The internet loves a good debate - and three years aftera photo created a blue-gold dress divide almost as wide as the blue-red political gap comes a recording of a robotic voice saying Laurel. But it was also the year that everyone was absolutely divided over whether a dress posted on the internet was black and blue or white and gold. If you haven't, here's the tl;dr: There's an audio clip of a male computer-generated voice saying a word. Of more than 20 votes, 75 percent say it's "Laurel". It was first posted on Reddit a few days ago by user Roland Camry.
Feldman and RolandCamry did not respond to interview requests from NBC News.
As if we needed another thing to divide America.
Is it "Yanny" or is it "Laurel"? Those folks are more likely to hear Laurel.
But there are other reasons, Crum said.
Any spoken word is made up of a variety of sounds at different pitches, or frequencies.
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It may depend on a person's ability to hear high-pitched sounds, said Lindsay Bondurant, director of the Pennsylvania Ear Institute of Salus, in Elkins Park. "So, with a low quality recording (as is the one in question) and a wide variety of devices on which people are listening, it is not surprising that some might hear something like 'yanny, '" Story wrote.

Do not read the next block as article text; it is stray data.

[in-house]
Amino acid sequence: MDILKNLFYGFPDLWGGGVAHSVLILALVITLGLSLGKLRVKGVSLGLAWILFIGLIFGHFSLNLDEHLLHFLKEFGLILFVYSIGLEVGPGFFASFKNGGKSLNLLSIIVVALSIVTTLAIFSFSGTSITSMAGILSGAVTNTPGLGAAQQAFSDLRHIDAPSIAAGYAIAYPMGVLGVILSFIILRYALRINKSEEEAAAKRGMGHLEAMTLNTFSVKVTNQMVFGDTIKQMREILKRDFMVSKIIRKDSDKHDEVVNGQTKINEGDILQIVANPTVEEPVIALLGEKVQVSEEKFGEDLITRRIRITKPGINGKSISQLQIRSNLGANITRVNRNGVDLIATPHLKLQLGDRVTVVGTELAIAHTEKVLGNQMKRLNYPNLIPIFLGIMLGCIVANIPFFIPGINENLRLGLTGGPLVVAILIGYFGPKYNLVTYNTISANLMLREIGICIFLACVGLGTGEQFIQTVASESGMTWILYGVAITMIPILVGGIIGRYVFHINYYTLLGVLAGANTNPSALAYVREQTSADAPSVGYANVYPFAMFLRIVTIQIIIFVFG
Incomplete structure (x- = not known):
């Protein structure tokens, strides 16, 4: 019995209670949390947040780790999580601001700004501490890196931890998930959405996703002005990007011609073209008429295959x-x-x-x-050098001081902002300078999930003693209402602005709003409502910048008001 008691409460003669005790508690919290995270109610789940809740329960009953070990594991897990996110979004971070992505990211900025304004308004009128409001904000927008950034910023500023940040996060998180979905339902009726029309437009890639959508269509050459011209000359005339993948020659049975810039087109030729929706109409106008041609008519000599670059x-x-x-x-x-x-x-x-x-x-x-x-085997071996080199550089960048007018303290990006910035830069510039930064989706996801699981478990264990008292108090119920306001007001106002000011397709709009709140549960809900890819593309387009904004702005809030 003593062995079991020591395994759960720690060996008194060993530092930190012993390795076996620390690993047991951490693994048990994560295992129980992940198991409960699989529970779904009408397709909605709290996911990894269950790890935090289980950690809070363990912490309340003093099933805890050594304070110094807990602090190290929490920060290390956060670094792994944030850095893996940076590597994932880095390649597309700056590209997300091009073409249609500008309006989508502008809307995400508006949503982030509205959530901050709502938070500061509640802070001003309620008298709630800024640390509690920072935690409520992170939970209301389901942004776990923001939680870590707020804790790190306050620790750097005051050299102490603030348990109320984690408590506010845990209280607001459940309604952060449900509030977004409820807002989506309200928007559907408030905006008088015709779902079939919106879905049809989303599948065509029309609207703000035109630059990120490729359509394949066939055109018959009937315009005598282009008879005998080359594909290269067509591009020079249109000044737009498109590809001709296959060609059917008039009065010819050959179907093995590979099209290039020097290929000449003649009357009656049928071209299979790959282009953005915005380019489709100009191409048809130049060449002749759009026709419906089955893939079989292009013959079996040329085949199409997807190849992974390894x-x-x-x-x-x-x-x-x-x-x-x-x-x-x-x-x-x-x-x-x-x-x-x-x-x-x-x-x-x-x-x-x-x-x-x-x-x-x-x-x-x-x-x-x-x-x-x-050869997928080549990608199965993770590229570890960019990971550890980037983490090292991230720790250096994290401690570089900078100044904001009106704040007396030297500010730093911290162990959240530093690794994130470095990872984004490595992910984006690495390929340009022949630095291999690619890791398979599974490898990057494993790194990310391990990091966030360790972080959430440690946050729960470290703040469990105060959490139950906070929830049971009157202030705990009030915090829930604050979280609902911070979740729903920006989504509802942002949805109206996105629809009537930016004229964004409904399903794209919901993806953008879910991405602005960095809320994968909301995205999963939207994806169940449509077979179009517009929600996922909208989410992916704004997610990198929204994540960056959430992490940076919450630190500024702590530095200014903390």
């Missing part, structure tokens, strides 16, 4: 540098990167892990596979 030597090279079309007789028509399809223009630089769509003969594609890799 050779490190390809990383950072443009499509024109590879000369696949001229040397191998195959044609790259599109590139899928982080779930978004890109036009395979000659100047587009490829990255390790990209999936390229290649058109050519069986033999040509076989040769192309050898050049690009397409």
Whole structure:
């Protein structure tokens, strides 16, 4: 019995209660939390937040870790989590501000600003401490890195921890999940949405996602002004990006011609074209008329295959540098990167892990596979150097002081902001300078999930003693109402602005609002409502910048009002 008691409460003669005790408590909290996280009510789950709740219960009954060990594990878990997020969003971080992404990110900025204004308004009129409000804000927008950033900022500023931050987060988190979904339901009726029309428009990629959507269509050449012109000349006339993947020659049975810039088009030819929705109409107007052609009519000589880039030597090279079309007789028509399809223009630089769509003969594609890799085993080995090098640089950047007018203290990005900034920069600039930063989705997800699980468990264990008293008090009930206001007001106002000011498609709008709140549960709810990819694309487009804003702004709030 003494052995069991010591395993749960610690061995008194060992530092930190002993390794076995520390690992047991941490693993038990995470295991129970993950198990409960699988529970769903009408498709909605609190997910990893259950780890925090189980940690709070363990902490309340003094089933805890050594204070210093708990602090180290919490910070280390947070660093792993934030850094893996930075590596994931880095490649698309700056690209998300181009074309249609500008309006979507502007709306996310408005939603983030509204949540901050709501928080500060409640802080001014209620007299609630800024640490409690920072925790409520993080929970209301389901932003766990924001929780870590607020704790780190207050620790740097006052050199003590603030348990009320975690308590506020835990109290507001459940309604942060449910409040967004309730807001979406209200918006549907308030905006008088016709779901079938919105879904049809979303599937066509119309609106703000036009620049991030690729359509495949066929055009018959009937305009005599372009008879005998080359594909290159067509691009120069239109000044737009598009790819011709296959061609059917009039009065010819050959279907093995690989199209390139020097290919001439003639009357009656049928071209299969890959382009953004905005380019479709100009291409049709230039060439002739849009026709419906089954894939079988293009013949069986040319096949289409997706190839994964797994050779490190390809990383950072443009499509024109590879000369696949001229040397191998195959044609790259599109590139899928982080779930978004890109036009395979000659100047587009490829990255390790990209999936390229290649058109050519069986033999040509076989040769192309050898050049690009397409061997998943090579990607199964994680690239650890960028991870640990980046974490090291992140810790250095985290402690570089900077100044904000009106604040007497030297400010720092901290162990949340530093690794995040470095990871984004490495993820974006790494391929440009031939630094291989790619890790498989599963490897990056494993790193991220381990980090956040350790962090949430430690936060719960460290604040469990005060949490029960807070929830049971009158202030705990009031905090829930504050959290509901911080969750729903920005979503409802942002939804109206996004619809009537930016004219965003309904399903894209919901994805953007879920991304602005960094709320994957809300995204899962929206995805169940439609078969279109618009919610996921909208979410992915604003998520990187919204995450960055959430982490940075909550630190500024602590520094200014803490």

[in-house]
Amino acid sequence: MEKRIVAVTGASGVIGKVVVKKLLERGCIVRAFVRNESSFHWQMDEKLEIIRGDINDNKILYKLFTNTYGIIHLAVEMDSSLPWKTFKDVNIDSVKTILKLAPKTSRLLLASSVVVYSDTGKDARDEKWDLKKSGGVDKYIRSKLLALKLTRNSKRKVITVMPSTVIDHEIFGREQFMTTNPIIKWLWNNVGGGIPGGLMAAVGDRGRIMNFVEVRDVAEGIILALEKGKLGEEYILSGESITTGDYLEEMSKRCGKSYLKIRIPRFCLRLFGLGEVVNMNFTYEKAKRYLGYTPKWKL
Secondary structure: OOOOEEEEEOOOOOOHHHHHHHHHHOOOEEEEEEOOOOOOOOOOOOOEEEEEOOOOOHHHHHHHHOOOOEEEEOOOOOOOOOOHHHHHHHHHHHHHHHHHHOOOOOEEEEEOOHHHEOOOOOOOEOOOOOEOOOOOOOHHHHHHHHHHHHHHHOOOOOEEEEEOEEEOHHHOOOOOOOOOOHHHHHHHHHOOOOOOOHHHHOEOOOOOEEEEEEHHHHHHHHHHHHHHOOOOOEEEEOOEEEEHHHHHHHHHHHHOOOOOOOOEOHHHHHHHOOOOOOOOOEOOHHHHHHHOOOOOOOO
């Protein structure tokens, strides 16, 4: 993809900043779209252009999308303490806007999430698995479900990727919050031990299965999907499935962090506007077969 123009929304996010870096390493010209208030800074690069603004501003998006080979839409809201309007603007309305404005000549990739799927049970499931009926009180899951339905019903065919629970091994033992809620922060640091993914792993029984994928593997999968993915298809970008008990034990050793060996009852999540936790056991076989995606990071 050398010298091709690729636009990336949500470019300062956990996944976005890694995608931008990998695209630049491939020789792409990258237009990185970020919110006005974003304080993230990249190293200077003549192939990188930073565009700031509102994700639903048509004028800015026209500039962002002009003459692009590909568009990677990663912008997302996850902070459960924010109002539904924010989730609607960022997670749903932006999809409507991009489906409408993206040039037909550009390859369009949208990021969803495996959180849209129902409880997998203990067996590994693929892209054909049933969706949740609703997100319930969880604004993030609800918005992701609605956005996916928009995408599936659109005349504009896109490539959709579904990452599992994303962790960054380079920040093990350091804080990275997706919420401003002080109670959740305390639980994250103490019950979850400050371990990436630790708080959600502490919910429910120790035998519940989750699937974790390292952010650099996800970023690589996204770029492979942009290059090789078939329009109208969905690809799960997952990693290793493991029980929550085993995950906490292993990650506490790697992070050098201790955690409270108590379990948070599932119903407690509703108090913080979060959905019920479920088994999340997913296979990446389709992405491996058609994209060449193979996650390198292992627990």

The mere suggestion of "Which sound do you hear?" with the two words also influences what our brains interpret.
This is important, because the acoustics for "Yanny" is heard at a higher frequency than the acoustic information that makes someone hear "Laurel". "Then your brain picks what it wants to hear and some people hear Laurel and some people hear yanny", explains Dr. Heath.
Let's just get to the point.
"When I analyzed the recording of Laurel, that third resonance is very high for the L. It drops for the R and then it rises again for the L", he said.
As for where Crum falls in the Yanny/Laurel debate? "It is what it is".